Groups thank Governor Newsom for signing this important desert conservation investment bill
SACRAMENTO – Governor Gavin Newsom has signed Assembly Bill (AB) 1183, bringing California’s desert region essential funding for conservation, recreation, and environmental education projects. Assembly Member James C. Ramos authored AB 1183, which will establish the Desert Conservation Program under the state’s Wildlife Conservation Board. The program will provide new grant funding to local governments, tribes, non-profit organizations and other entities for biodiversity conservation, cultural and historical preservation, recreation projects, restoration of damaged lands, and climate resiliency projects in the California desert.
“We commend Assembly Member Ramos for his leadership on this important legislation that will bring much-needed conservation investments to California’s iconic desert region, which is home to the largest still-intact ecosystem in the lower 48 states,” said Pamela Flick, California Program Director with Defenders of Wildlife.
California’s deserts face many threats. Climate change effects are resulting in increased fire risk due to higher average annual temperatures and longer droughts. Infestations of invasive, non-native plants make deserts more flammable, crowding out native wildflowers and reducing forage for wildlife. Increased development is reducing and fragmenting habitat. Illegal marijuana cultivation is also on the rise. These threats present a critical need for conservation funding.
While the California desert region makes up 28% of the state, it has largely been left behind where conservation funding is concerned. Existing conservancies and conservancy programs elsewhere in the state have secured hundreds of millions of dollars in funding, illustrating the benefit of the proposed program. “Having the Desert Conservation Program will increase access to nature for communities of color and ensure equity in how funds are spent on protection, to assure all communities have safe, accessible public spaces and nature where they can recreate and restore,” said Brenda Gallegos, Conservation Program Associate of Hispanic Access Foundation.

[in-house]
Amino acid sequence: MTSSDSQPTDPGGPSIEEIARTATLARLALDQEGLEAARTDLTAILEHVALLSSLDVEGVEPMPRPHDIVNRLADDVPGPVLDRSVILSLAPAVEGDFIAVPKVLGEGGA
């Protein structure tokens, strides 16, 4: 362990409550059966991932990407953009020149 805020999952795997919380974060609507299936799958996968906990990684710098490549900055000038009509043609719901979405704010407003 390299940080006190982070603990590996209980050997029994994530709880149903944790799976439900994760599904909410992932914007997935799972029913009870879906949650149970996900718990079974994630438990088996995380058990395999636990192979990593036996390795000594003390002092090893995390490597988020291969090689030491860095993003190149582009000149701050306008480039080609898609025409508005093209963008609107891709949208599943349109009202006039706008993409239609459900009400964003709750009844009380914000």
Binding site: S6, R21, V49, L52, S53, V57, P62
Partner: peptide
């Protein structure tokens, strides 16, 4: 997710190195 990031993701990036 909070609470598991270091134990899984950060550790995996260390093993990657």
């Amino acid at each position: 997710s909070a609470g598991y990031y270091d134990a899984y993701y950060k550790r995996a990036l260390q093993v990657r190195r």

“California deserts are a national treasure for their vast and dramatic landscapes, spectacular geology, dark night skies, and diverse array of plants and animals. They are places of wonder and discovery where one can find respite from the frenetic pace of modern life,” said Geary Hund, Executive Director of the Mojave Desert Land Trust. “But this same region is severely lacking in direct investment to protect and restore our invaluable natural and cultural resources. The enactment of this legislation will give a significant part of our state’s natural and cultural heritage the much-deserved support it needs.”
Approximately half of the State’s population lives in or within an hour’s drive of the Desert Region. These vast open space areas are the ancestral territory of several Indigenous peoples and serve many disadvantaged communities who are increasingly utilizing these areas for recreation. One measure of the soaring popularity of the desert is an increase in visitation at Joshua Tree National Park from approximately 1.5 million visitors per year in 2013 to more than three million in 2020. Despite the proximity and popularity of the Desert Region, grant funding from the State is largely not available to achieve conservation needs due to the large geographic size.
"Veterans share a strong connection with the outdoors and believe that protecting our public lands is a patriotic duty,” said Janessa Goldbeck, California Director for VetVoice Foundation. “More than 220,000 veterans and military families live in and around the California desert. This unique landscape not only provides a place for veterans to recreate, but also to heal from the mental, physical, and moral wounds of war. AB 1183 helps ensure that such an important resource will be protected for generations to come."
The bill co-sponsors – Mojave Desert Land Trust, Defenders of Wildlife, Hispanic Access Foundation, and VetVoice Foundation – thank Governor Newsom for signing this important bill into law, which will go into effect as of January 1, 2022.